[IAEP] [Sugar-devel] SLOBs Position on SoaS

Bill Bogstad bogstad at pobox.com
Wed Sep 16 12:39:08 EDT 2009

This note is only tangentially a response to Peter Robinson's...

Here's my thought process...

Computer technology can improve education for children.

Collaboration (i.e. Sugar) and free software (i.e. Linux) is the best
way to make this happen.

 The question is how do we get educators/schools to start using (or
switch to) Sugar/Linux for children's educational computing.

We can go down a route similar to OLPC.  Tell them to buy new hardware
(XOs), buy new server hardware (to run XS), reconfigure their networks
(Xs controls all network access).   (i.e. Convince  people at the top
of the organizations)

Or we can put together software systems which disturb pre-existing
technology as little as possible.   Require as few new hardware
purchases as possible.  Not require schools to make either/or
decisions.  Instead let them use old AND new.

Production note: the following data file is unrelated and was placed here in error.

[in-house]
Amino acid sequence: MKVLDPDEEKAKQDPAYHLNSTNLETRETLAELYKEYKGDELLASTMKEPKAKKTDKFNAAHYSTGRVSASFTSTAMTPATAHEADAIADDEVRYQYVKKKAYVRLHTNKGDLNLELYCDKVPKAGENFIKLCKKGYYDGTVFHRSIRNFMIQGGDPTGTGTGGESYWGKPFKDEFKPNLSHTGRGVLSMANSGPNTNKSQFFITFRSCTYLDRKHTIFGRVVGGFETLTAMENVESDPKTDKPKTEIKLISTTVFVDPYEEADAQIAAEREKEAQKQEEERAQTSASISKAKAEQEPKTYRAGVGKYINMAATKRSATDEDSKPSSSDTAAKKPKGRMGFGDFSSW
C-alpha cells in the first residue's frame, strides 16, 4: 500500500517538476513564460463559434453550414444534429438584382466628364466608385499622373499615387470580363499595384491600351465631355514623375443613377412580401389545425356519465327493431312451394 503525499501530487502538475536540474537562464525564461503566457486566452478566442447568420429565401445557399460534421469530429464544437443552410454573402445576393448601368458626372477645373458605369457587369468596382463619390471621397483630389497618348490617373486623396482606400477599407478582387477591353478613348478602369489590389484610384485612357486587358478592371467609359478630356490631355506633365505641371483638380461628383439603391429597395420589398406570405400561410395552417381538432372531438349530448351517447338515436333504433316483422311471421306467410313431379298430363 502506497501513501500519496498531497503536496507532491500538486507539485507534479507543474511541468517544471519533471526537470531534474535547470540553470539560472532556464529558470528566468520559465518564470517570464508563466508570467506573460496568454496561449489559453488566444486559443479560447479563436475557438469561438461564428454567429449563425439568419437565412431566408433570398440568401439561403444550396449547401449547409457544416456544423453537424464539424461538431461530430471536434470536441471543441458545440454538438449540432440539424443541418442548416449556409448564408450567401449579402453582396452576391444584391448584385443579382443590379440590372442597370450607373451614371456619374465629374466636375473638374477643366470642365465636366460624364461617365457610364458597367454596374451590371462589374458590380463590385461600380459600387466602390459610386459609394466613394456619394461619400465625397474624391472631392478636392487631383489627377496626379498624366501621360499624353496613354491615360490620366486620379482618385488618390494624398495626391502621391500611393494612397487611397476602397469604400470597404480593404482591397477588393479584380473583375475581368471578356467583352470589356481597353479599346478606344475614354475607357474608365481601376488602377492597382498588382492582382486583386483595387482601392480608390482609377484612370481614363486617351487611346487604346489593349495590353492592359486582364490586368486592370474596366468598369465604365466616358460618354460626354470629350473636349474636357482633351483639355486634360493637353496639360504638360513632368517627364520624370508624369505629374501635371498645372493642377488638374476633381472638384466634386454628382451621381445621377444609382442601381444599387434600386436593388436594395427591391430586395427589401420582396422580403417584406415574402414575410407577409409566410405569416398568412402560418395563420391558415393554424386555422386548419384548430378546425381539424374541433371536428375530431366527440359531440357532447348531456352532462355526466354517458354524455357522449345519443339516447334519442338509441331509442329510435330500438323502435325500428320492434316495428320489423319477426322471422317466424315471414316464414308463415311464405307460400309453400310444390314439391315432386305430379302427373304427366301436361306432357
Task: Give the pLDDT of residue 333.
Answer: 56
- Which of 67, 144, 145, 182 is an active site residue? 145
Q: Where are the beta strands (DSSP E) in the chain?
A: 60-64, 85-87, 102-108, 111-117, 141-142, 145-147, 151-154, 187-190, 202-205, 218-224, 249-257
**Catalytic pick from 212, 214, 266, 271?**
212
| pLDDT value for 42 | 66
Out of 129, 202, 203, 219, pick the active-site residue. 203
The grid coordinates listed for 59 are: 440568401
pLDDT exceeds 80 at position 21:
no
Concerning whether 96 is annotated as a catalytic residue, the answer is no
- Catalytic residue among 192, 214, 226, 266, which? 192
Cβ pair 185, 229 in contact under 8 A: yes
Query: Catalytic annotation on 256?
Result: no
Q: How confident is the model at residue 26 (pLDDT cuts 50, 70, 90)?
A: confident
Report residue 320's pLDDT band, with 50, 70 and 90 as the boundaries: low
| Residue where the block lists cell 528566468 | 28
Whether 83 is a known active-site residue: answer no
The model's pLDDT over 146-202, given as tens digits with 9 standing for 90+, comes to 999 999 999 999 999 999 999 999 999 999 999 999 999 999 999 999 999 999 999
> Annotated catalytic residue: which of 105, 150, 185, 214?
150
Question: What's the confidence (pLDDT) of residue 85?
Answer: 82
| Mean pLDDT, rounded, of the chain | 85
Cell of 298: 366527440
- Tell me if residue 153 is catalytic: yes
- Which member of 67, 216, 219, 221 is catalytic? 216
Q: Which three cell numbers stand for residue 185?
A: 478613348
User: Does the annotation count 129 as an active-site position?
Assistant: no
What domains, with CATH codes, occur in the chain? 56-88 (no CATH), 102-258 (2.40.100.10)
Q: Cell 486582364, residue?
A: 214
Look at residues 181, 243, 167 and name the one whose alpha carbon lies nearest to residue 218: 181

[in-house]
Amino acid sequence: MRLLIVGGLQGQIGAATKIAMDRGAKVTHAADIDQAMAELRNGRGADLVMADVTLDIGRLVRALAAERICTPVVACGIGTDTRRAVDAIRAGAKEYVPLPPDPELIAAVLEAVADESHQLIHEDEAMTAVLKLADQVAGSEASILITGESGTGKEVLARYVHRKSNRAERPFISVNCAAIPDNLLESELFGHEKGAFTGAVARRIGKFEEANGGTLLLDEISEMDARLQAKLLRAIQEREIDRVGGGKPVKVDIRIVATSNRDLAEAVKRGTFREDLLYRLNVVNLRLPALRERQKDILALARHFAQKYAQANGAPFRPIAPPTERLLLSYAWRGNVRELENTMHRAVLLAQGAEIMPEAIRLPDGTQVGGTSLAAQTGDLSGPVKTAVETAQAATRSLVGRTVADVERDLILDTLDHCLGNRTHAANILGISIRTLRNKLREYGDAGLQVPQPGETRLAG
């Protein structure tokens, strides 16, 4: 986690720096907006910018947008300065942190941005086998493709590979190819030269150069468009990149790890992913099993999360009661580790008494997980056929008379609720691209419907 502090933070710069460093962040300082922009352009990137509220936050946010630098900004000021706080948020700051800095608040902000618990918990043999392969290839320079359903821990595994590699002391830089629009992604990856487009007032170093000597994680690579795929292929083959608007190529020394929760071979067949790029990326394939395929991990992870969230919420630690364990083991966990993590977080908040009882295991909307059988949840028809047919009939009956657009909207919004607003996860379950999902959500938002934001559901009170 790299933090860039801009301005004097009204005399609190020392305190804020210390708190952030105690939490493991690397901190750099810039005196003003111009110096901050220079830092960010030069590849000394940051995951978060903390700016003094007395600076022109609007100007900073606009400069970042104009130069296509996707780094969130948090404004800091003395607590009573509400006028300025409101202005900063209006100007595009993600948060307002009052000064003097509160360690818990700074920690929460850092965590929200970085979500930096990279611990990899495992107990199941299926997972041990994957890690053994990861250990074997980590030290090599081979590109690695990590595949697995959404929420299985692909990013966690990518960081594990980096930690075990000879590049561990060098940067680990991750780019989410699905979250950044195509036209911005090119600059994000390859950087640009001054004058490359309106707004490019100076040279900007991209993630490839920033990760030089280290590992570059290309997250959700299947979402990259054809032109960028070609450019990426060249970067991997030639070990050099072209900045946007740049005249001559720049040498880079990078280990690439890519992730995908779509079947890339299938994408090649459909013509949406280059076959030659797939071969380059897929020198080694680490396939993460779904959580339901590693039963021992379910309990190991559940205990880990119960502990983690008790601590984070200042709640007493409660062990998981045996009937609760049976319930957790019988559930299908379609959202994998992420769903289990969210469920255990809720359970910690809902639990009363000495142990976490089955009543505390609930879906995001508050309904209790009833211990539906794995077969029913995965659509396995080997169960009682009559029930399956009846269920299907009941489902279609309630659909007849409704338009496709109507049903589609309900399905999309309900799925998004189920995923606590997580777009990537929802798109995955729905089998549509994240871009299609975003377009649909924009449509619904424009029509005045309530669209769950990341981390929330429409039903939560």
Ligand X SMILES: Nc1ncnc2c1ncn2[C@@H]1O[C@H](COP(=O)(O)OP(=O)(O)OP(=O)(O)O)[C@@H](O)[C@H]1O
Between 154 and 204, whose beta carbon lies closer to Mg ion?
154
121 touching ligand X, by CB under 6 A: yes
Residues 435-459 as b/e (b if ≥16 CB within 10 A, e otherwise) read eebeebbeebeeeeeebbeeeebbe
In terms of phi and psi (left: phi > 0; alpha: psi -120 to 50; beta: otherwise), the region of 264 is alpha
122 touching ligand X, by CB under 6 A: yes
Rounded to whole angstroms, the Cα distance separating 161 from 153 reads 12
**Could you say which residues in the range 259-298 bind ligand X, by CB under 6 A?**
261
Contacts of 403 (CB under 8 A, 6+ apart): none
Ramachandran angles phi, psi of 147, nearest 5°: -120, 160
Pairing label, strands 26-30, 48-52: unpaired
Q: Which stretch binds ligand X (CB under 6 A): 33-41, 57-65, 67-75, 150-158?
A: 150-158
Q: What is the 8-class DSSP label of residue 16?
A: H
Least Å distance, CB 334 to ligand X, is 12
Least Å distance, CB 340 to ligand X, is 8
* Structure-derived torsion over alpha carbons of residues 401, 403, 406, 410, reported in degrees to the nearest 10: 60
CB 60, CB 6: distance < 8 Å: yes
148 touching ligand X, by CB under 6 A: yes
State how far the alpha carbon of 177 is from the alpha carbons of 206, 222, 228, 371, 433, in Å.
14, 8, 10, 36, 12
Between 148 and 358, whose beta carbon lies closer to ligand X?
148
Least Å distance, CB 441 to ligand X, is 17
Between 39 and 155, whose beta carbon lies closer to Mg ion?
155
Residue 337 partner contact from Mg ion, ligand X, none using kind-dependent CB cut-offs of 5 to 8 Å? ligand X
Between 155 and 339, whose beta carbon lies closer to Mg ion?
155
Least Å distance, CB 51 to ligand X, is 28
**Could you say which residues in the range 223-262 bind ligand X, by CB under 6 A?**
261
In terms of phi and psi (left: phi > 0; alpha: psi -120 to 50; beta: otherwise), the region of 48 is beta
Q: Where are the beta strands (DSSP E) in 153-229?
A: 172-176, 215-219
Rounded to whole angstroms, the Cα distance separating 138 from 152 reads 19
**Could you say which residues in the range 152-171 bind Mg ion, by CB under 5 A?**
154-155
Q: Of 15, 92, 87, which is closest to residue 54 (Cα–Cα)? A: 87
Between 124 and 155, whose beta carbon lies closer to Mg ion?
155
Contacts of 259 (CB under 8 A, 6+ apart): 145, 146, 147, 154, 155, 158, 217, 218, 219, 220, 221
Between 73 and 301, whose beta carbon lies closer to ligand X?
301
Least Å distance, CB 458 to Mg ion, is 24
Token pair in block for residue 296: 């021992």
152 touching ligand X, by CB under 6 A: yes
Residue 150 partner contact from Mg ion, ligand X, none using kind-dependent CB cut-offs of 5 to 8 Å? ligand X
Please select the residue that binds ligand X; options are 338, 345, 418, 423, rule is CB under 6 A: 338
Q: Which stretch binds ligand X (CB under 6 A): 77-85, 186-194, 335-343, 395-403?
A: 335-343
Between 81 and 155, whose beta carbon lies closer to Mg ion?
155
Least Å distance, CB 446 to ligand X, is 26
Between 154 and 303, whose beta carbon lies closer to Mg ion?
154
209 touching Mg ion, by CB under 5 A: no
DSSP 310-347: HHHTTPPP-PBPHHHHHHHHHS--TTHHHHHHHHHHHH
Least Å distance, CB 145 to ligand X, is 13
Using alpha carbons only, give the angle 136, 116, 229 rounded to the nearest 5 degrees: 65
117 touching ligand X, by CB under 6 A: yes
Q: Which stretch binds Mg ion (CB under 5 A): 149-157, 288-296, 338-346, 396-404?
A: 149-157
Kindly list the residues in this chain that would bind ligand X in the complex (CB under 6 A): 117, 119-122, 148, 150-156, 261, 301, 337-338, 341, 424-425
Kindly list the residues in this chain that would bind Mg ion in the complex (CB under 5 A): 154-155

This is probably a 'developed world' point of view.   The original
goal of OLPC was to bring technology to places/children
who have no access at all.   They did this through better/cheaper
hardware.  Sugar, however, is inherently software.  There is
nothing SugarLabs can do other then to try to support the widest range
of hardware possible.  However, widespread use in the developed world
on old/cheap hardware isn't a bad thing.   More real world usage will
(hopefully) result in more contributors and make it a better system
for all users.

As a result, I think the second approach is fundamental to getting
Sugar used and therefore improving education.   I also believe that
SoaS is fundamental to supporting old AND new environments and
therefore is fundamental to changing children's education.
Personally, I don't care what Linux distribution it is based on.  (My
personal desktop is Ubuntu, but I'm fine with SoaS being based on

I also don't think we can leave Sugar LiveUSB to any distribution.
My impression is that both LiveCD and LiveUSB Linux distributions are
essentially gimmicks for all of them.   Does anybody other then SoaS
use (or hope to use) Live environments for regular operations for
thousands if not millions of users?  Given the above, I conclude that
SoaS really needs to be something that SugarLabs supports.  That
doesn't mean that Sugar should be tied to SoaS, just that it really is
a fundamental
part of changing education.

Bill Bogstad

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